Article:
I know that there are many Germans who do indeed like playing and watching cricket. But I am surprised it’s not more popular in Germany, after all, it’s a game that complements the German psyche, especially when it comes to business. Many of my German friends and work colleagues always argued that they don’t watch as, “The games go on for days and then no one wins.” But I think if they give cricket a chance, they may even become big fans…

I admit cricket is, relative to other games, very long-term. There are some critical decisions to be made during a game that can win or lose the match – for example, whether to bat or field first, or when to declare. Furthermore, a test series of five matches can stretch over several weeks so there is time between the matches to review strategy and adapt playing style. The Germans are adept at planning long-term in business – so the tactics in the game should be easy to relate to. And yes, sometimes after all that effort the match ends in a draw. But isn’t business just like that? Not everything you do succeeds, sometimes no one wins and you just chalk it all up to experience.

Look closely at cricket and there are aspects that reflect German business culture. Firstly, it is a team game where everyone is a specialist. Of course, there are all-rounders, but most cricketers train to be expert bowlers or batters. Excelling in a particular role is synonymous with highly-motivated, highly-skilled Germans. Furthermore, although very traditional – the MCC was formed in 1787 – cricket has embraced new technology. The first test match with a third umpire (an umpire off the field who uses TV replays to assist in decisions) was played back in 1992.

A long-term plan, executed by a team of specialists, in a traditional atmosphere using cutting-edge technology. Doesn’t that sound like the business model of German industry?

Tuesday, 10 March 2015

Are Germans really so demanding?

A recent survey on international consumer attitudes showed that German consumers are the most difficult in the world. As widely reported in the German press, they tend to be extremely demanding in their purchasing decisions.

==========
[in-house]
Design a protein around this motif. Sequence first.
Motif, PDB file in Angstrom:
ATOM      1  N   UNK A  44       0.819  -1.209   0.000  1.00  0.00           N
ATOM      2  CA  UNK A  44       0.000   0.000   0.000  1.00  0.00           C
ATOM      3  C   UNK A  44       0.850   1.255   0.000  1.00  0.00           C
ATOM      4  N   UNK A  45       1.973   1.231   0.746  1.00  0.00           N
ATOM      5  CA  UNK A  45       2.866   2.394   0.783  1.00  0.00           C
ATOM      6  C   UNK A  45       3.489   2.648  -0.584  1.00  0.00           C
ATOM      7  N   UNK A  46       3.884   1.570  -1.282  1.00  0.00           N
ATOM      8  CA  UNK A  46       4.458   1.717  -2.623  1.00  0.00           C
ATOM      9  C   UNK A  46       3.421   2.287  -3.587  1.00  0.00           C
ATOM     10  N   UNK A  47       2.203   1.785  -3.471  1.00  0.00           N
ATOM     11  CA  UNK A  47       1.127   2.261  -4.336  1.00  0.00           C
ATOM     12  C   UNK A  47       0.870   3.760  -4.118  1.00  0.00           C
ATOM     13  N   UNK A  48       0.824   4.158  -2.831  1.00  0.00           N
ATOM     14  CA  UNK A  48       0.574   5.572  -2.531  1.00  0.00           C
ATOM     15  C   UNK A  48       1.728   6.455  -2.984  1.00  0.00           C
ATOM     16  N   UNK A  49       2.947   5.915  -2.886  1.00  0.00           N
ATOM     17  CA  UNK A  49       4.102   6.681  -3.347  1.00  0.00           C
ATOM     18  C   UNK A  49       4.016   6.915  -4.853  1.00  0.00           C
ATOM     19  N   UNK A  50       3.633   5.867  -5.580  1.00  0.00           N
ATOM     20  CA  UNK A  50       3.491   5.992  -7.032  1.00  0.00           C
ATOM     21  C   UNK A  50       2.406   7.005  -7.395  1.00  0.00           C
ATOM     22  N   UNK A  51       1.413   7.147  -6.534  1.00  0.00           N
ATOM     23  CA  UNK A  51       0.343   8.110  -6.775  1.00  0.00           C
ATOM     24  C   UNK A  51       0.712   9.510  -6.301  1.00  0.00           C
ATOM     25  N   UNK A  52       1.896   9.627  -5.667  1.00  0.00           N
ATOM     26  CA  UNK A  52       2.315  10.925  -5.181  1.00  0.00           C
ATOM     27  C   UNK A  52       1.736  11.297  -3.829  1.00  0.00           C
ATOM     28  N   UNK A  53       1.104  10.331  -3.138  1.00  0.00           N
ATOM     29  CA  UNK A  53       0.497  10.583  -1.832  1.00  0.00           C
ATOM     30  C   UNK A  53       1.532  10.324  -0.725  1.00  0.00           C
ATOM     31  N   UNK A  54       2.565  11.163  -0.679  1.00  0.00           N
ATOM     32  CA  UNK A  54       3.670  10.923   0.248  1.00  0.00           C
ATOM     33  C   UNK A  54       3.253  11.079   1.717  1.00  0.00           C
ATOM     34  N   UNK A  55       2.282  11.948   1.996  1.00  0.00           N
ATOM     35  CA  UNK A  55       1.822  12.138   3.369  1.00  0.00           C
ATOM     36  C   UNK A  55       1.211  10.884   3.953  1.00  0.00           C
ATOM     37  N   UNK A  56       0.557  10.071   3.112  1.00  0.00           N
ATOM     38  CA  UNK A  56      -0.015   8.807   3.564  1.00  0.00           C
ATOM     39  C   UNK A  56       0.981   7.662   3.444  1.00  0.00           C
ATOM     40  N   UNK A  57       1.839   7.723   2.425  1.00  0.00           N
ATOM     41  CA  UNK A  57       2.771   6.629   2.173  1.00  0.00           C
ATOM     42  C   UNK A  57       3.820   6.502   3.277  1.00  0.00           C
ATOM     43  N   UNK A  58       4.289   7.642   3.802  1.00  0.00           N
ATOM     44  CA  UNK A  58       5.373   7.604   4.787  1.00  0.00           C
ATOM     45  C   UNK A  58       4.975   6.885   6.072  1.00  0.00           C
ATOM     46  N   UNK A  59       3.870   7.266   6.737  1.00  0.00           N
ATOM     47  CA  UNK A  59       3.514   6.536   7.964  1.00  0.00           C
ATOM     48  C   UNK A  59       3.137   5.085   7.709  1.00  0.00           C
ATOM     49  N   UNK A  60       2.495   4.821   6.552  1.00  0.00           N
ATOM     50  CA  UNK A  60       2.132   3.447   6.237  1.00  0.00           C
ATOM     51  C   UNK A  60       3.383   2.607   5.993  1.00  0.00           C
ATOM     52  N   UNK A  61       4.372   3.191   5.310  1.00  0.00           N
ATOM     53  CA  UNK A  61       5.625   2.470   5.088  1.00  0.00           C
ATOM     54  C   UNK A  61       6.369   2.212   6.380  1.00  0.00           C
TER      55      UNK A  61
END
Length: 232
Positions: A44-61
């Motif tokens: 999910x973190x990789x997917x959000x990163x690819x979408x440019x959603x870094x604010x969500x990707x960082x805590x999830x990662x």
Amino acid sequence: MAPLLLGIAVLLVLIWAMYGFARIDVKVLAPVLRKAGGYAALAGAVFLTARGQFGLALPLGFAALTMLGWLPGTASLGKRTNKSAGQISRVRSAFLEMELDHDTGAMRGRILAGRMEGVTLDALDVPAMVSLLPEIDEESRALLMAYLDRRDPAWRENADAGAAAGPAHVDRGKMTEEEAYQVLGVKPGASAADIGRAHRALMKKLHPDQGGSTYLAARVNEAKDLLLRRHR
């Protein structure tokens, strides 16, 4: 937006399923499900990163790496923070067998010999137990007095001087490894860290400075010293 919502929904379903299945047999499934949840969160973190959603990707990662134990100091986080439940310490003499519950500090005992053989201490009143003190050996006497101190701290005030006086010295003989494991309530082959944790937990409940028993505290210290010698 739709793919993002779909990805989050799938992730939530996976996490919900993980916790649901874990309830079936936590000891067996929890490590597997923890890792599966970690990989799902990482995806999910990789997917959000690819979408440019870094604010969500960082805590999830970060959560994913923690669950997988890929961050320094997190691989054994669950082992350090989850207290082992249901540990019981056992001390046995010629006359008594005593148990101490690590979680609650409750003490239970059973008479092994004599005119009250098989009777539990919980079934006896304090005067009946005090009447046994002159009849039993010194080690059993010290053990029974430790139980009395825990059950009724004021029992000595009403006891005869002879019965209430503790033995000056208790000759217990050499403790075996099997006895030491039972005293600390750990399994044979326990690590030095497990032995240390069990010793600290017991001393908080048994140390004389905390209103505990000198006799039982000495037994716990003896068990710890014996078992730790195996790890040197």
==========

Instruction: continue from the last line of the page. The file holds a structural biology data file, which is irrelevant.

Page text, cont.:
German consumers score areas such as value for money, innovation, price and a tailor-made purchasing process higher than consumers in other developed markets.  Fulfilling these demands may seem a daunting prospect to any British exporter but it is worth the effort.  After all, a satisfied customer will be an advocate for your products so you need to develop trust in your brand.

And trust is another value that scored highly in the German psyche.  However, this can only be achieved on a one-to-one, personal basis. A corporate image and philosophy can be built online.  But personal interaction and a tailor-made customer journey cements trust. This can, naturally, be difficult when dealing with potential clients abroad as you need to communicate in German and understand cultural norms.

Going back to the survey, my overriding opinion is that German consumers are misunderstood.  Germans seem very demanding - but maybe that is just an Anglo-Saxon interpretation of their inherent logical buying process. They need to know everything about a product; they want to compare it to similar products; they have to make the most informed and best purchase.  And that is why they ask more questions and need more information than other consumers.  By asking all these questions and wanting to know all these facts, perhaps they are perceived as being demanding when, in fact, they are only being "German"!

Once you understand the mind-set of the German consumer, you can adjust your advertising messages, marketing / promotional literature and general approach to the market in order to satisfy these needs. You just need a little bit of market knowledge and forward planning.  Contact me if you have any questions.

Monday, 23 June 2014

Notice Periods and Deadlines

After a year of successful trading, I've joined the German-British Chamber of Industry & Commerce, my old employer, to increase the reach for my services and advice.  During the application process, I was reminded that the Chamber has a three month notice period for membership cancellations and it got me thinking about notice periods and deadlines in both the UK and Germany...